Tom’s Creek Nature Domes, an accommodation collection of geodesic domes dotted across a lush rural property in Greater Port Macquarie (a few hours’ drive from Sydney, NSW), offers a travel experience that is truly ‘off-grid’. In the figurative ‘wellness travel’ sense of the word, and literally, they run on their own independent power supply—bolstered by solar—and rely not on the town grid. 

Ten minutes before you arrive at the gates for a stay at Tom’s Creek Nature Domes, your phone goes into ‘SOS ONLY’. Apple Maps gives up, and you’re pushed out of your comfort zone, driving down unsealed roads in the dark, dodging dozens of dozing cows. Then, you must ditch your car altogether and hoist yourself into an open-air, all-terrain 4WD with gargantuan wheels. It’s great fun being driven through muddy gullies in this buggy; you feel like Laura Dern and Jeff Goldblum in Jurassic Park.  As your buggy pulls in front of your personal Nature Dome, it’s not far off that “Welcome…to Jurassic Park” jaw-dropping moment—your futuristic-looking home is completely engulfed by thriving native bushland; beyond the outdoor campfire lie expansive hills and valleys of green farmland, dotted with sheep and trees. You’re almost waiting to see a roaming brachiosaurus glide past, munching on a towering gum tree…instead, a few inquisitive llamas trot past your Dome to check out their new visitor.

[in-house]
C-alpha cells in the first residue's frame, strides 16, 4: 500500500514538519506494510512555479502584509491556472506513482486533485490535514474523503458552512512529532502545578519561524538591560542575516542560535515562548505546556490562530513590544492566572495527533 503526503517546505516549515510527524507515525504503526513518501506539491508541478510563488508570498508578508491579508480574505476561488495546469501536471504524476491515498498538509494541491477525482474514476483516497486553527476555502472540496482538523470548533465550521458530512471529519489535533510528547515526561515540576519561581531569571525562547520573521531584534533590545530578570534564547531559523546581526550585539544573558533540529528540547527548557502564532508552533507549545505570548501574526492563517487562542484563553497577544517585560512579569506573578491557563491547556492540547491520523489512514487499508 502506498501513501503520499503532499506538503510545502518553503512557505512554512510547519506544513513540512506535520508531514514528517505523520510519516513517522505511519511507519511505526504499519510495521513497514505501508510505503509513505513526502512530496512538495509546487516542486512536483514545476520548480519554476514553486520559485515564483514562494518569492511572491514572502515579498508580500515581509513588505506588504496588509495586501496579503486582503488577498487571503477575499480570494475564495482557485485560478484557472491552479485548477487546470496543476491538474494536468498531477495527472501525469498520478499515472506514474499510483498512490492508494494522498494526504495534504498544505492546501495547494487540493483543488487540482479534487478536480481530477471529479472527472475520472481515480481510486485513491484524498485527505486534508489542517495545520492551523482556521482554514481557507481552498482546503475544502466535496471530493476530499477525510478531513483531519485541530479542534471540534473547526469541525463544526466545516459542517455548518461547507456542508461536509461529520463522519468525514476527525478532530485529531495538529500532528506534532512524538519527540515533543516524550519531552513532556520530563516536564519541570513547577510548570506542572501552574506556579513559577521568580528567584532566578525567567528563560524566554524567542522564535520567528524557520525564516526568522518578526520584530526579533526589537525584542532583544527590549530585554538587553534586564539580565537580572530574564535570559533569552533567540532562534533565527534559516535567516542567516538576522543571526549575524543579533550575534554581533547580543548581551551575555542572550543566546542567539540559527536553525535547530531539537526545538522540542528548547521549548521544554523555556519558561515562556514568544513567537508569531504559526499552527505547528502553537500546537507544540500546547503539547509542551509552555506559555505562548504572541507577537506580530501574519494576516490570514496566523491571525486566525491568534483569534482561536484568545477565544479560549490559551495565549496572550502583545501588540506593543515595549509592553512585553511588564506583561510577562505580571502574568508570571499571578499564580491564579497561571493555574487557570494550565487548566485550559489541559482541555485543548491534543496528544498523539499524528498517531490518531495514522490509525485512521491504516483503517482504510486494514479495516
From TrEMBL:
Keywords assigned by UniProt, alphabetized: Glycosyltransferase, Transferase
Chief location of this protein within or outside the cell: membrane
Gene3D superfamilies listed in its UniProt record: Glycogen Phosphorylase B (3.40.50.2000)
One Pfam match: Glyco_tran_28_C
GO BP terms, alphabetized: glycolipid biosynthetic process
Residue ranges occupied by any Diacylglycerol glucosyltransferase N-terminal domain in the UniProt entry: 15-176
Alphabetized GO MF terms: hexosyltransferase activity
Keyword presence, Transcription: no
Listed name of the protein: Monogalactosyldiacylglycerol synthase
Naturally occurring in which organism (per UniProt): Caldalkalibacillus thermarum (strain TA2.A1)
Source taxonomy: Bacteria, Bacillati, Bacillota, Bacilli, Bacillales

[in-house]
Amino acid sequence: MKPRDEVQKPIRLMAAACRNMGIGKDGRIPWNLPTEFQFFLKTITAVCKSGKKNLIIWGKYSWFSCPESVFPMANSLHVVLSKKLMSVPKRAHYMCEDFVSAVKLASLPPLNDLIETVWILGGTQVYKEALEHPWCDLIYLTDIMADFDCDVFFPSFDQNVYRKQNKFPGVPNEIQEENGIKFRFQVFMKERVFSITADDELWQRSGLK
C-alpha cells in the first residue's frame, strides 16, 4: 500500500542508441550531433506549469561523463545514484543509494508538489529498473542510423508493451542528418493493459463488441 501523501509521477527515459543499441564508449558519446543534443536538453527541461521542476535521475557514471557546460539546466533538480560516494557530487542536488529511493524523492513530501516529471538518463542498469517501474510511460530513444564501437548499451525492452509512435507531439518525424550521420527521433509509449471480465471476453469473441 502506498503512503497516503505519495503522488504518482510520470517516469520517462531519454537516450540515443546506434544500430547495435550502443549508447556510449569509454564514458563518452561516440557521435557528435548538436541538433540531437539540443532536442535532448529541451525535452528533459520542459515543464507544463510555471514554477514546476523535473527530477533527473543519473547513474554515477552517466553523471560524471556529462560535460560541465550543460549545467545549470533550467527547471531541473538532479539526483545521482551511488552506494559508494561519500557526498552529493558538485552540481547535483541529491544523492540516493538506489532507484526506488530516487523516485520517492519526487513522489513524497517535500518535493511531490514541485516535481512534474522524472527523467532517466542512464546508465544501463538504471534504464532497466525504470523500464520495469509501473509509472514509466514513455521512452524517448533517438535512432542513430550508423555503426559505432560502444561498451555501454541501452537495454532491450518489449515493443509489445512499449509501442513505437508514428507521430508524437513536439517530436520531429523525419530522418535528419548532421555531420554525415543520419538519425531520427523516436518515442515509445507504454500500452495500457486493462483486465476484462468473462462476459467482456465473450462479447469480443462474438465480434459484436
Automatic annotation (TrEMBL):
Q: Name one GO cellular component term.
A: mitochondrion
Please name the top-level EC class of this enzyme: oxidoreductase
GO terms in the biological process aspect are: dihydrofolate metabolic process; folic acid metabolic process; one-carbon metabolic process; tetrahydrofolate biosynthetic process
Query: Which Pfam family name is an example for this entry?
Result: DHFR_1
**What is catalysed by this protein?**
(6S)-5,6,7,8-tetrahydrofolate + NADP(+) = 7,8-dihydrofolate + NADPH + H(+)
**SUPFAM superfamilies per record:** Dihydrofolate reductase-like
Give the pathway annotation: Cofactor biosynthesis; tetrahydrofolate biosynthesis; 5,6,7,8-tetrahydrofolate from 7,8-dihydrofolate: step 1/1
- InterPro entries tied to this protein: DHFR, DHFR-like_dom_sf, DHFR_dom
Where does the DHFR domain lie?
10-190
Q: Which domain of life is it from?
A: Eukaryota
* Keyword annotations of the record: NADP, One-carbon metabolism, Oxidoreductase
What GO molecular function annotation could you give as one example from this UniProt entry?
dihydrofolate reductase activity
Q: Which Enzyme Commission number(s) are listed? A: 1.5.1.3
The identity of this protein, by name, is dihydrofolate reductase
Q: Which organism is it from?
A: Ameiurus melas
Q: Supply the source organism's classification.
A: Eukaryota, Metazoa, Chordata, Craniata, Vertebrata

To fully capture the awe of inhabiting a geodesic dome for a few days, a little history of these futuristic-looking spherical structures helps. Consisting of interlocking triangular skeletal struts supported by (often transparent) light walls, geodesic domes were developed in the 20th century by American engineer and architect R. Buckminster Fuller, and were used for arenas. Smaller incarnations have evolved into a ‘future-proof’ form of modern housing: domes are able to withstand harsh elements due to the stability provided by the durable materials of their construction and their large surface area to volume ratio (which helps minimize wind impact and prevents the structure from collapsing). As housing, they’re also hugely energy efficient – their curved shape helps to conserve heat and reduce energy costs, making them less susceptible to temperature changes outside. The ample light let in by their panels further reduces the need for artificial power.